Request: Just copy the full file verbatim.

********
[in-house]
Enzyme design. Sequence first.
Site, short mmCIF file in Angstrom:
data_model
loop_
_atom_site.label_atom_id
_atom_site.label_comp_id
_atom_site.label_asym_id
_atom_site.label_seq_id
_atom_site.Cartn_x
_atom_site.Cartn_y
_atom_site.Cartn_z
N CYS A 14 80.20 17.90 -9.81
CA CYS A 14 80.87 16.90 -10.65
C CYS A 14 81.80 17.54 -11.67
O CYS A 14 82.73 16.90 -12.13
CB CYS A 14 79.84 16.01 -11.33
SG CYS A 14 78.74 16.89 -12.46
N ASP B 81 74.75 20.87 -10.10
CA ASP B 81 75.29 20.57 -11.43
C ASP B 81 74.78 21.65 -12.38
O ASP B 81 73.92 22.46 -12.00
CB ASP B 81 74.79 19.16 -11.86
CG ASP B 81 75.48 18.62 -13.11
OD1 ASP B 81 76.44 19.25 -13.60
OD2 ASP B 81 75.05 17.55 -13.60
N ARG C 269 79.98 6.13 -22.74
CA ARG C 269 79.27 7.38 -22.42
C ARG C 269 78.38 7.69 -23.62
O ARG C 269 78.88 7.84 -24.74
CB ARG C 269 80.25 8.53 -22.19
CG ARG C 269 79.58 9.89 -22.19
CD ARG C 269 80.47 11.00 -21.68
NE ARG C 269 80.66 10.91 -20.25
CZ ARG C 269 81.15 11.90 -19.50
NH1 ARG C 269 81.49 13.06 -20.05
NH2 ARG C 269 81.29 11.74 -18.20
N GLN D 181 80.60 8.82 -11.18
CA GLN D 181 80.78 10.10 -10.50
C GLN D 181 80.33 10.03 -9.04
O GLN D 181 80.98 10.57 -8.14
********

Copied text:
[in-house]
Enzyme design. Sequence first.
Site, short mmCIF file in Angstrom:
data_model
loop_
_atom_site.label_atom_id
_atom_site.label_comp_id
_atom_site.label_asym_id
_atom_site.label_seq_id
_atom_site.Cartn_x
_atom_site.Cartn_y
_atom_site.Cartn_z
N CYS A 14 80.20 17.90 -9.81
CA CYS A 14 80.87 16.90 -10.65
C CYS A 14 81.80 17.54 -11.67
O CYS A 14 82.73 16.90 -12.13
CB CYS A 14 79.84 16.01 -11.33
SG CYS A 14 78.74 16.89 -12.46
N ASP B 81 74.75 20.87 -10.10
CA ASP B 81 75.29 20.57 -11.43
C ASP B 81 74.78 21.65 -12.38
O ASP B 81 73.92 22.46 -12.00
CB ASP B 81 74.79 19.16 -11.86
CG ASP B 81 75.48 18.62 -13.11
OD1 ASP B 81 76.44 19.25 -13.60
OD2 ASP B 81 75.05 17.55 -13.60
N ARG C 269 79.98 6.13 -22.74
CA ARG C 269 79.27 7.38 -22.42
C ARG C 269 78.38 7.69 -23.62
O ARG C 269 78.88 7.84 -24.74
CB ARG C 269 80.25 8.53 -22.19
CG ARG C 269 79.58 9.89 -22.19
CD ARG C 269 80.47 11.00 -21.68
NE ARG C 269 80.66 10.91 -20.25
CZ ARG C 269 81.15 11.90 -19.50
NH1 ARG C 269 81.49 13.06 -20.05
NH2 ARG C 269 81.29 11.74 -18.20
N GLN D 181 80.60 8.82 -11.18
CA GLN D 181 80.78 10.10 -10.50
C GLN D 181 80.33 10.03 -9.04
O GLN D 181 80.98 10.57 -8.14